Thesis Defence on May 7th, 2018

Thesis Defence on May 7th, 2018

My thesis defence is scheduled on May 7th, 2018 at 9:00 AM. It will take place at the Gordon & Leslie Diamond Healthcare Centre. For complete details, please see my thesis defence programme.

UBC Thesis Defences are open to the public. However, please note that latecomers will not be admitted, and anyone who leaves the room will not be permitted to re-enter.

I will begin by giving a 30 minute presentation overviewing my thesis. This will be followed by roughly 2 hours of questioning by the committee. There will also be a chance for the audience to ask questions at the end. Feel free to stay for just the 30 minute presentation, or the entire event. If you leave the room you will not be permitted to re-enter.

There is a no food or drink policy in the room, but drinks in containers with lids are okay. I will provide coffee, tea, and water.

Complete details, including my abstract and the names of examination committee members, can be found in the thesis defence programme:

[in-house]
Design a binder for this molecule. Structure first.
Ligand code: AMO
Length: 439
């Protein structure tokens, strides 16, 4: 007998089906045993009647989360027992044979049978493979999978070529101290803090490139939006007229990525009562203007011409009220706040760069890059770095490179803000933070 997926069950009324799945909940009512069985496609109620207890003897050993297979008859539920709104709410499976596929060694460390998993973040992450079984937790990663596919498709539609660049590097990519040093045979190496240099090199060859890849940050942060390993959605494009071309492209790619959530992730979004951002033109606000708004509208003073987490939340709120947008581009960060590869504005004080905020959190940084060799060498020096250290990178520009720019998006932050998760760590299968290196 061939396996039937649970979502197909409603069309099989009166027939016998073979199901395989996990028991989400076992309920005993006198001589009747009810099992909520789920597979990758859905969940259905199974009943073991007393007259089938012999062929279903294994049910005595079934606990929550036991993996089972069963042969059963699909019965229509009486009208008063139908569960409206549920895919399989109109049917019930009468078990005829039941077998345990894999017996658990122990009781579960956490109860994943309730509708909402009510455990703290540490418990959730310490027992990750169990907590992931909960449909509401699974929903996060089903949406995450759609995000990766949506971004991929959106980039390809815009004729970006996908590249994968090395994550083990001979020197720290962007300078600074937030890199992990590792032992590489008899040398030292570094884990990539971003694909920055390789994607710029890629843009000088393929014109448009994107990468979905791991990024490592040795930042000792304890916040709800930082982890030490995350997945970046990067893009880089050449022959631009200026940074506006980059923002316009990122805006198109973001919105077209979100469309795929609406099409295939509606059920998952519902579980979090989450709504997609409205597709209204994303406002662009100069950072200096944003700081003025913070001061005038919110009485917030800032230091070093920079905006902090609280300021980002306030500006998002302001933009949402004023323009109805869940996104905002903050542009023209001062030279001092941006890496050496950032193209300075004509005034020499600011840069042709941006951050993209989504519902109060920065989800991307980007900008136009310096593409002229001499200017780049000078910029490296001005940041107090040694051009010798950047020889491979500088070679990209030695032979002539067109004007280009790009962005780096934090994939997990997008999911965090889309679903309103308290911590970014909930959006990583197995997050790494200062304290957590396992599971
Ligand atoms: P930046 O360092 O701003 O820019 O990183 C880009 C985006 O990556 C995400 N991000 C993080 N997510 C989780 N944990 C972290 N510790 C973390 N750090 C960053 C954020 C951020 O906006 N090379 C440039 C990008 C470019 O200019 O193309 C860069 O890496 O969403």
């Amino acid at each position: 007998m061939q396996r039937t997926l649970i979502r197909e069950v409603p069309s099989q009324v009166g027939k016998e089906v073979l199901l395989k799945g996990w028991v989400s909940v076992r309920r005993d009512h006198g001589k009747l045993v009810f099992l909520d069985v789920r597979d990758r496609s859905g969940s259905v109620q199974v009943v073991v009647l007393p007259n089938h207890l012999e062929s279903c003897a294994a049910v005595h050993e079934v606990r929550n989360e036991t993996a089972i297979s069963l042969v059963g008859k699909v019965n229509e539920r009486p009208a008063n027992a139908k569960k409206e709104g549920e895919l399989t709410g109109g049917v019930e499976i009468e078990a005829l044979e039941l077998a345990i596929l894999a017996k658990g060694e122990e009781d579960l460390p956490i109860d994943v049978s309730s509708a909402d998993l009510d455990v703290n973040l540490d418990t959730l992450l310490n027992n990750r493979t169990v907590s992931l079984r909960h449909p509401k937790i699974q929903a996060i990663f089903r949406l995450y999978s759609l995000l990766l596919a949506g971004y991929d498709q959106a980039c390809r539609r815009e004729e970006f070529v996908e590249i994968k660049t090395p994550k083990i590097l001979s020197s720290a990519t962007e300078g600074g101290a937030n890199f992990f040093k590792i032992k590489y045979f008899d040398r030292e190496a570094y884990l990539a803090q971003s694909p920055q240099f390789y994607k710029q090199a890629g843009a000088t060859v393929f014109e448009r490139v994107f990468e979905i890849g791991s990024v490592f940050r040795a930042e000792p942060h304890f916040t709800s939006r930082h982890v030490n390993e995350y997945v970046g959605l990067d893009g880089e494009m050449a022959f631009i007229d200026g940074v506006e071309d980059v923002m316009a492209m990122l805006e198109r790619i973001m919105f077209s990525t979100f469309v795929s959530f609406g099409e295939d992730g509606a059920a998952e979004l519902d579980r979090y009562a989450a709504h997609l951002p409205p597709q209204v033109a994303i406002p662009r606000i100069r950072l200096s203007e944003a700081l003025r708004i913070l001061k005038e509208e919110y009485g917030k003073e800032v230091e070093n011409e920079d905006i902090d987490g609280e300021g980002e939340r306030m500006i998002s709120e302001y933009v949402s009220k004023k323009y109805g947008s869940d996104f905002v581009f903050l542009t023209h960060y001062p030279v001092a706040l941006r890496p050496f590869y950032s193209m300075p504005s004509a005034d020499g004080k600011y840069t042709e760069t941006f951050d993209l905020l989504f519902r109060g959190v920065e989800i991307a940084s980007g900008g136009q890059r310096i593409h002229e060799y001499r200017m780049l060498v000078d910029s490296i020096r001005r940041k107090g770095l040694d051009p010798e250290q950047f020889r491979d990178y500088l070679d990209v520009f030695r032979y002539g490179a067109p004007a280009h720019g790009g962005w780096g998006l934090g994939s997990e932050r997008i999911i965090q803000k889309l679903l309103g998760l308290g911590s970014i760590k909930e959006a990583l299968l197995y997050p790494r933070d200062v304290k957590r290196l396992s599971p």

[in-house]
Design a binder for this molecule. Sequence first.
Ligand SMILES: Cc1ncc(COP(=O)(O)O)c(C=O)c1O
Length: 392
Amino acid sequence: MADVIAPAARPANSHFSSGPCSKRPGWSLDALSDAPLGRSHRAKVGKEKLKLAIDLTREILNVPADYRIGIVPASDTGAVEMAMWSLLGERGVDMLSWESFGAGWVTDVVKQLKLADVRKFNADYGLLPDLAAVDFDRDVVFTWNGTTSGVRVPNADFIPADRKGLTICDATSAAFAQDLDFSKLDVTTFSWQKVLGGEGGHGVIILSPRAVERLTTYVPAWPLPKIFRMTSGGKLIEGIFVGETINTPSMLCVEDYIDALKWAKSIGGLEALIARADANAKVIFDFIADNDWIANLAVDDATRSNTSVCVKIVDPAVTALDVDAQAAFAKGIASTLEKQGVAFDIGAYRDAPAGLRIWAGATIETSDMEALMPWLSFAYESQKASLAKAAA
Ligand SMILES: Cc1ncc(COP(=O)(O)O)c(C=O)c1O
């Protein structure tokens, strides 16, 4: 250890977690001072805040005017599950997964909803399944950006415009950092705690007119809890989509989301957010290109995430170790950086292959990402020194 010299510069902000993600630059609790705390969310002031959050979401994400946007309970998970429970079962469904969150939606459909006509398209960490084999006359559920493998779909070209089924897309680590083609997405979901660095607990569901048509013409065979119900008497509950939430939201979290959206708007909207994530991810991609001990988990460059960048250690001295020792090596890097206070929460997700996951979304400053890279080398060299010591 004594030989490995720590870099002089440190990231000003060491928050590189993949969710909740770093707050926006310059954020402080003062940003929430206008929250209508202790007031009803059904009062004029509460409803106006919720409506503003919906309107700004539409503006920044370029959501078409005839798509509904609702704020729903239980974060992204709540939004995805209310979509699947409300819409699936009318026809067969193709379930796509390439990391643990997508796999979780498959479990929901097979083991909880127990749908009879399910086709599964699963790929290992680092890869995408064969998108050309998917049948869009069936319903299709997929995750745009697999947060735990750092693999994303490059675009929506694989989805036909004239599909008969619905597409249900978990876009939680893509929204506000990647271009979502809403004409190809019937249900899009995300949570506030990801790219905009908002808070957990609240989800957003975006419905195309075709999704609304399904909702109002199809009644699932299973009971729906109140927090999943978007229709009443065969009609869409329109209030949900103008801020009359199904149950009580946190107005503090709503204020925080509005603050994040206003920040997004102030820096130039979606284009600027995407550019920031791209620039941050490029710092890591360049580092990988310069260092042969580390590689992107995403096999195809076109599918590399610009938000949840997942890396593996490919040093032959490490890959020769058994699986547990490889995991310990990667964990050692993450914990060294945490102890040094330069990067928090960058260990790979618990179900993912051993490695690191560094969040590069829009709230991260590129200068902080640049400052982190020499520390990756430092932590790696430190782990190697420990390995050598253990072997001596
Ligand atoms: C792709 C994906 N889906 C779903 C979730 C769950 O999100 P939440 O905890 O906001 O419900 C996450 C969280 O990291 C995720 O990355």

Summary of my Research

Over the past five years, I have been analyzing cancer genomes to uncover new markers of treatment response and resistance. My goal is to unearth the clinical consequences of cancer’s ability (or inability) to repair its own DNA. This involves developing and applying novel statistical and machine learning methods to find targetable biomarkers hidden in patterns of DNA mutation. I work within the BC Cancer Agency’s innovative Personalized Oncogenomics Project (, which has been featured on CBC’s “The Nature of Things” (

Changes in DNA, known as mutations, happen for many reasons such as exposure to cigarette smoke and ultraviolet rays. Healthy human cells have tools to fix mutated DNA, but cancer cells often lose this ability. This might make tumours vulnerable to chemotherapy designed to damage DNA, because healthy cells can repair this damage but cancer cells cannot. Can we tailor treatments to exploit this vulnerability? To answer this question, we detected all the mutations in about 500 late-stage cancers of different types. The patterns of DNA mutation can reveal if a cancer is properly repairing DNA. Within breast cancers, we found that cancers unable to repair broken DNA were more sensitive to chemotherapies called cisplatin and carboplatin. This could help improve personalized treatment plans for some cancer patients. We also found mutation patterns caused by chemotherapy, showing that cancer treatments themselves can alter DNA.